Selected topics in the field of chemistry. Course will vary in title and content. Students are expected to actively participate in course discussions, read, and analyze primary literature. Current subtitles will be listed on the Schedule of Classes. May be taken for credit up to four times as topics vary. Students may not receive credit for the same topic.

195. Methods of Teaching Chemistry (4)

An introduction to teaching chemistry. Students are required to attend a weekly class on methods of teaching chemistry, and will teach a discussion section of one of the lower-division chemistry courses. Attendance at lecture of the lower-division course in which the student is participating is required. (P/NP grades only.) Prerequisites: consent of instructor. (F,W,S)

196. Reading and Research in Chemical Education (2 or 4)

Independent literature or classroom research by arrangement with, and under the direction of, a member of the Department of Chemistry and Biochemistry faculty. Students must register on a P/NP basis. Prerequisites: upper-division standing, 2.5 minimum GPA, consent of instructor and department. (F,W,S)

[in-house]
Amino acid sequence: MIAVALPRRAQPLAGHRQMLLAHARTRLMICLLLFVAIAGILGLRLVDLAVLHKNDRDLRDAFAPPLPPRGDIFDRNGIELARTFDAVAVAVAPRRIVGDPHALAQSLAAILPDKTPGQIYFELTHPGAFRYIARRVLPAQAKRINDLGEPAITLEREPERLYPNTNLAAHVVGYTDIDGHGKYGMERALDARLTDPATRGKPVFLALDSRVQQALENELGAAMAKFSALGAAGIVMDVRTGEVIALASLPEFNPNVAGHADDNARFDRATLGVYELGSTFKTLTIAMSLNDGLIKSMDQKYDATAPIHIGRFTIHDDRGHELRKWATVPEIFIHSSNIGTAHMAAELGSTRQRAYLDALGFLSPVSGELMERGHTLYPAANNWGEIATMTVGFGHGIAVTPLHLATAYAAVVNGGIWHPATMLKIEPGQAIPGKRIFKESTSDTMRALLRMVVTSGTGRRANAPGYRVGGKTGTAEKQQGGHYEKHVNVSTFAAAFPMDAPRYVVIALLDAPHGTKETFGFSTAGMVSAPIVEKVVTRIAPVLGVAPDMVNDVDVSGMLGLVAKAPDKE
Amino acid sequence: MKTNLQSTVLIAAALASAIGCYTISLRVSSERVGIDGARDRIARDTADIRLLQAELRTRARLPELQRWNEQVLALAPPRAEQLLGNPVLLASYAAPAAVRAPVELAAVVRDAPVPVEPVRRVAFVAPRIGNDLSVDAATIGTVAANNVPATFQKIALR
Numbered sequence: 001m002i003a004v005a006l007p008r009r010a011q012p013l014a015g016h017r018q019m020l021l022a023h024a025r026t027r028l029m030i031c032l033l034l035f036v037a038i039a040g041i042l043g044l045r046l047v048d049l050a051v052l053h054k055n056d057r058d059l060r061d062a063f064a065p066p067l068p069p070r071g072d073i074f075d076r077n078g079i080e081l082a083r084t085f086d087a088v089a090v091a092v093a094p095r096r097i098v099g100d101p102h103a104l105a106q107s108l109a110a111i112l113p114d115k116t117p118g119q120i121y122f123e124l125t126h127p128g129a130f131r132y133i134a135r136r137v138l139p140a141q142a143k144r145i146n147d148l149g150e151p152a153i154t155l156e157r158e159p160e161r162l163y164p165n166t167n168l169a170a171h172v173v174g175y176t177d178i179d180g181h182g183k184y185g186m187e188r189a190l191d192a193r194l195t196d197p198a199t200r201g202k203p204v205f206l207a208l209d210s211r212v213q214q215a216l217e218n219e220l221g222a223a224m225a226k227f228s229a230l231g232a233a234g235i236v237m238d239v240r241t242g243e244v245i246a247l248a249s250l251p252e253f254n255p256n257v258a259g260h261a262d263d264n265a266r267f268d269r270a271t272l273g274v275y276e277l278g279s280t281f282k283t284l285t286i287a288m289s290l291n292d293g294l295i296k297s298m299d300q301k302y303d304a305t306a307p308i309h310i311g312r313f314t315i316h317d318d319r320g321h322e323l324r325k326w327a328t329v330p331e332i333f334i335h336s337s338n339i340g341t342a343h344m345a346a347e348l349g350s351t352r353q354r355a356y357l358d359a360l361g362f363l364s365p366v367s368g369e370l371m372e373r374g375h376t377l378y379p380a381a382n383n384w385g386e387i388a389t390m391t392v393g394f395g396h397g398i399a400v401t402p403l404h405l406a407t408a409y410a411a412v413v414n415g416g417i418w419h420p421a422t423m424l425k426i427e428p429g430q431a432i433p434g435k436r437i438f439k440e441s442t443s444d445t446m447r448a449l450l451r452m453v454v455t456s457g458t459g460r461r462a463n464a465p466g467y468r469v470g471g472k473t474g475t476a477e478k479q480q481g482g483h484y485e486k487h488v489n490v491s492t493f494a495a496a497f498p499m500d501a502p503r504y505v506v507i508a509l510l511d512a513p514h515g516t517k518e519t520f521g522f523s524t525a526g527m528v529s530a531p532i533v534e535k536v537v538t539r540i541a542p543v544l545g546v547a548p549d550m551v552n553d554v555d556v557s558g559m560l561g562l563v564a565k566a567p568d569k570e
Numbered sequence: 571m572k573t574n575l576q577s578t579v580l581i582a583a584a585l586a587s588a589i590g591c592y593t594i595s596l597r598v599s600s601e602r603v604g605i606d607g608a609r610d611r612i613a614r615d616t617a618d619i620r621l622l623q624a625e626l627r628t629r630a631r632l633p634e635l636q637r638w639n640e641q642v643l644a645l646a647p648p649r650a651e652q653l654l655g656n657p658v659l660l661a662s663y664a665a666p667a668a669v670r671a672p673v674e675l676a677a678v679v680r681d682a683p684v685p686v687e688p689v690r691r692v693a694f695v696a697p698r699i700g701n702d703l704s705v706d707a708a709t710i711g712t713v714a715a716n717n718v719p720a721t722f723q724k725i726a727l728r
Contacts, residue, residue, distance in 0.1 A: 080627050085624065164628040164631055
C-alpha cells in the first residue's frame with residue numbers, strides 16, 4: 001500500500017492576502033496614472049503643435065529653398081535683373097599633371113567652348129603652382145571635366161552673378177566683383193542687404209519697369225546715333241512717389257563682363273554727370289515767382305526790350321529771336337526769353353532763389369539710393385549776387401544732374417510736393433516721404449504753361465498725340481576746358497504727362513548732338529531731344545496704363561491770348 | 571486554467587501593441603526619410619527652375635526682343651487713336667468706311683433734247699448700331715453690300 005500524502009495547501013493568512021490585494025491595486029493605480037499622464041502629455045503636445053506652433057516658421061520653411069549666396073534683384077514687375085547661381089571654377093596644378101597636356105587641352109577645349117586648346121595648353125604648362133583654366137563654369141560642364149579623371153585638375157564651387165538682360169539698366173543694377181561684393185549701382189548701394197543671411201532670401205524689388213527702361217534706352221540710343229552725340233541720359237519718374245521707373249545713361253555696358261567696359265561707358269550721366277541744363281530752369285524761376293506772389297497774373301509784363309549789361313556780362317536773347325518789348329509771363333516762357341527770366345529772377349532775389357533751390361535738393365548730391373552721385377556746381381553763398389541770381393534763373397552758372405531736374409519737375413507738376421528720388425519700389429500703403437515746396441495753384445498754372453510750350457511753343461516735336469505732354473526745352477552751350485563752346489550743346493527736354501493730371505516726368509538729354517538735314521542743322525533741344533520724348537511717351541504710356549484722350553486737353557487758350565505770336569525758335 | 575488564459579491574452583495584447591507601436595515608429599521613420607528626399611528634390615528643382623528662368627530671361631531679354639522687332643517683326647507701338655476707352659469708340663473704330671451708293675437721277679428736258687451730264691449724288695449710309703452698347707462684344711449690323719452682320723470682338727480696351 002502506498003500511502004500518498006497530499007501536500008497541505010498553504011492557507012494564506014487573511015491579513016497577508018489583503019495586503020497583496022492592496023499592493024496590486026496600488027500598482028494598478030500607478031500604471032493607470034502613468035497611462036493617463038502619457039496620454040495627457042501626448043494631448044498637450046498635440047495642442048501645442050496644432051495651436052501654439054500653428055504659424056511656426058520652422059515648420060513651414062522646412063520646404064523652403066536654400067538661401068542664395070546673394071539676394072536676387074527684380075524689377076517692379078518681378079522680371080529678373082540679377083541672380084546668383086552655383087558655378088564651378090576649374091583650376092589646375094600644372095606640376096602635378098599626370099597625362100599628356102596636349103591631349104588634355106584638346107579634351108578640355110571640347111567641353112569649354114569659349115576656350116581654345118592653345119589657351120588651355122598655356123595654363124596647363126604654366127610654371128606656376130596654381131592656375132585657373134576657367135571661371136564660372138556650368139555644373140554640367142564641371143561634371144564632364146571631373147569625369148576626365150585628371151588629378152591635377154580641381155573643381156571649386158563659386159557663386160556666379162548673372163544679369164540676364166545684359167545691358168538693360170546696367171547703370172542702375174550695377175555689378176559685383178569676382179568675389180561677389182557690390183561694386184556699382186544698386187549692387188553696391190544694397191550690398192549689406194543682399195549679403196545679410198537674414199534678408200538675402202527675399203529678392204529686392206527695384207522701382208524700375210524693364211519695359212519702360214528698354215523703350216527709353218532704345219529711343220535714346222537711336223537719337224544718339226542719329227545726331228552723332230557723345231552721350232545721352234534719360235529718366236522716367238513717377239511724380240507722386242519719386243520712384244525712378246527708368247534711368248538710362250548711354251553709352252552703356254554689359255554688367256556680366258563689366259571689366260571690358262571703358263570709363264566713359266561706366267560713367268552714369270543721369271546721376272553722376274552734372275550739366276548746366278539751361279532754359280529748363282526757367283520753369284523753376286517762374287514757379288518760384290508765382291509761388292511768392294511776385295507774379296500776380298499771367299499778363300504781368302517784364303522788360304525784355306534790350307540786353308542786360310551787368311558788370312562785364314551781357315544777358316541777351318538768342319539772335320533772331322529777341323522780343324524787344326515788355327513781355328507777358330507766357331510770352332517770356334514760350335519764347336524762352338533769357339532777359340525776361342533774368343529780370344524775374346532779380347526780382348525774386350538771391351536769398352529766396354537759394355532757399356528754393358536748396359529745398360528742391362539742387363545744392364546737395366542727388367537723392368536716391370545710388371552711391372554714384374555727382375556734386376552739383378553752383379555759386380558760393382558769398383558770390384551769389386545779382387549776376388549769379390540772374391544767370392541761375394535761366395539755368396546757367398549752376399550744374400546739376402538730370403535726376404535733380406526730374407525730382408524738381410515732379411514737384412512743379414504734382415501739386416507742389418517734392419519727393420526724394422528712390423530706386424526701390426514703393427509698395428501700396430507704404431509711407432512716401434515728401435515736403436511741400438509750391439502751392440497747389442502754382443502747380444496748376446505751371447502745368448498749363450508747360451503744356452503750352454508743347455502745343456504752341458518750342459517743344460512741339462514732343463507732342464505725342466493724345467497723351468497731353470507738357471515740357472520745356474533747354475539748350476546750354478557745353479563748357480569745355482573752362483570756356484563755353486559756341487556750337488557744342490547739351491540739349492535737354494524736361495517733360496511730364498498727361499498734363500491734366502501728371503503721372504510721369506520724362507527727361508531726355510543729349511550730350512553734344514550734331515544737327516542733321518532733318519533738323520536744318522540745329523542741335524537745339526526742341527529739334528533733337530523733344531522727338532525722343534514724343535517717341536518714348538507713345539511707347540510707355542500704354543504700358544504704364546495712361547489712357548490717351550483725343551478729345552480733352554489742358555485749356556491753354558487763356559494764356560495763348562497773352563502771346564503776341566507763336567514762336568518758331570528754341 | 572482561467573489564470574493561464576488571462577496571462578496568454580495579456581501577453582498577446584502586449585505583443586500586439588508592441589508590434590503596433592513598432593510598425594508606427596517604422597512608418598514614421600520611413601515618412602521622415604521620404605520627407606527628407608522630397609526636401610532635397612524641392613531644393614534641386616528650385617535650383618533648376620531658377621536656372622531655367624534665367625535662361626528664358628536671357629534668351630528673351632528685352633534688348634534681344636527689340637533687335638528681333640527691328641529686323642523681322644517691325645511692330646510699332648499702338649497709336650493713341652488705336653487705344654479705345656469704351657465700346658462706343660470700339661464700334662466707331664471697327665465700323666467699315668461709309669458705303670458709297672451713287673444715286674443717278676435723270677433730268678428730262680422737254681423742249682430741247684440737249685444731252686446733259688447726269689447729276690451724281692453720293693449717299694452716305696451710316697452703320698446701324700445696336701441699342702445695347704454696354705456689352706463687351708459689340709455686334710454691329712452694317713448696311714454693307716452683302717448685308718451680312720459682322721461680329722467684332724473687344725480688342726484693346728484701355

197. Chemistry Internship (2 or 4)

An internship program that provides work experience with public/private sector employers. Subject to the availability of positions, students will work in a local company under the supervision of a faculty member and site supervisor. P/NP grades only. May be taken for credit three times. Prerequisites: Completion of ninety units with a GPA of 2.5, and a completed and approved Special Studies form (UC San Diego Application for Enrollment Special Studies Courses 197, 198, 199), and department stamp. (F,W,S)

199. Reading and Research (2 or 4)